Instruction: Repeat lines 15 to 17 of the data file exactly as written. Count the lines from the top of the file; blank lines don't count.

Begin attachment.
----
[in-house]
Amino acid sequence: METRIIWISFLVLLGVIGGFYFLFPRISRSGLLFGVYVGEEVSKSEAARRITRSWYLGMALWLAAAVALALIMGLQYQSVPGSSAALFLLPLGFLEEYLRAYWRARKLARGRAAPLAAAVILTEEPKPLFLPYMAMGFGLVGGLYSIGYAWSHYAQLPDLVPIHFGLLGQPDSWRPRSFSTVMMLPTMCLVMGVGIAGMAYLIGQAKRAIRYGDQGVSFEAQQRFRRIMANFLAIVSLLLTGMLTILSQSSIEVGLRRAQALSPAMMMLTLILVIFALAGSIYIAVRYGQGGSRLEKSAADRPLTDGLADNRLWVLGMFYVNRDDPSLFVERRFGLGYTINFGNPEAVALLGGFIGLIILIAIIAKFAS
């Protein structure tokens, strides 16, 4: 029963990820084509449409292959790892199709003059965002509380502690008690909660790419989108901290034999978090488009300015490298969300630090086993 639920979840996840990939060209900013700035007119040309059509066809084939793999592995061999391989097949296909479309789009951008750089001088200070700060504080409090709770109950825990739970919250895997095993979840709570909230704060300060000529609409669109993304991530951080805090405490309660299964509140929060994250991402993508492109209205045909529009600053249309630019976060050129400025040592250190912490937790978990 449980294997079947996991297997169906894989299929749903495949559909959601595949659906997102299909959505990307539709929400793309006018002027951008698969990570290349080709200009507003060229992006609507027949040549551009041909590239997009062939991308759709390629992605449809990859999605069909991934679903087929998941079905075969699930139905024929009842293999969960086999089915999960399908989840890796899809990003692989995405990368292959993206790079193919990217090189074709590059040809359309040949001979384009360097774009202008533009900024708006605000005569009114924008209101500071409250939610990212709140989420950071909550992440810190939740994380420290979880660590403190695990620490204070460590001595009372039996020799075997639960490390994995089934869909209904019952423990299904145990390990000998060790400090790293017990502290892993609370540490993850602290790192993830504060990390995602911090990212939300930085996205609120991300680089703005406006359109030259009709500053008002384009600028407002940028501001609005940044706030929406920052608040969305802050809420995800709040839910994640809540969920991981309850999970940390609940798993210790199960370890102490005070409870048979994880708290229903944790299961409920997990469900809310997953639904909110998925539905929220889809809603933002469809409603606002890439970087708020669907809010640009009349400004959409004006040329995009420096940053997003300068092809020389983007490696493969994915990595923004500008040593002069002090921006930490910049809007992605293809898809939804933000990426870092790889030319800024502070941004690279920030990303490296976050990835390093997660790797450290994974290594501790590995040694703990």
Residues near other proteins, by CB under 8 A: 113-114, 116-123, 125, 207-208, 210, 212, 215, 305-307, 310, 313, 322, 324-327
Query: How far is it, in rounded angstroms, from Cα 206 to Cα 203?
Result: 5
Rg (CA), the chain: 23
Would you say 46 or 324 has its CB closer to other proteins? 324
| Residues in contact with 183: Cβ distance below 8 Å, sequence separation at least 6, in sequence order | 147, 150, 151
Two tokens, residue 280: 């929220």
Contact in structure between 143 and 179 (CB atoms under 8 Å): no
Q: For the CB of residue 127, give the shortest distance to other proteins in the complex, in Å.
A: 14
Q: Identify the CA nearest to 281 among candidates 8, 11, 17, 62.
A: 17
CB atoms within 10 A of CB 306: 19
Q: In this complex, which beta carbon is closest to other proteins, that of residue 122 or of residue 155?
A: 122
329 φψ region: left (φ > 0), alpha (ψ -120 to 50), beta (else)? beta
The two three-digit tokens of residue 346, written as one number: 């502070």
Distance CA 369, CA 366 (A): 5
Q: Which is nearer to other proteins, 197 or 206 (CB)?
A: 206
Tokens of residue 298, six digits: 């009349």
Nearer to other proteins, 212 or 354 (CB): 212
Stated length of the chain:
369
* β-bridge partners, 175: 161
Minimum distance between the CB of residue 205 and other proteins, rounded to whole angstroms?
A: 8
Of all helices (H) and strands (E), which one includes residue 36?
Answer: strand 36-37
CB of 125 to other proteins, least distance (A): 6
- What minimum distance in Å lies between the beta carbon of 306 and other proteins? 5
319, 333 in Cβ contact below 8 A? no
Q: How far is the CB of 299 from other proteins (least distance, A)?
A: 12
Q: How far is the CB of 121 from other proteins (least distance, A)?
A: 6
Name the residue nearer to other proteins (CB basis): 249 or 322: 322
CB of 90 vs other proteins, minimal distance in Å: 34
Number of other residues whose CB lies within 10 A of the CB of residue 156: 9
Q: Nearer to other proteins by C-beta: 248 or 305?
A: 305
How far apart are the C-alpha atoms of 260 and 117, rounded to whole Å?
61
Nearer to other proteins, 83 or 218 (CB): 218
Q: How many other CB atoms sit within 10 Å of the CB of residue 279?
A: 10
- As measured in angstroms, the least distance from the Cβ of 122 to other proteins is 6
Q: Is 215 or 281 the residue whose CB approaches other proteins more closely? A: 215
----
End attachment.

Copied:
A: 17
CB atoms within 10 A of CB 306: 19
Q: In this complex, which beta carbon is closest to other proteins, that of residue 122 or of residue 155?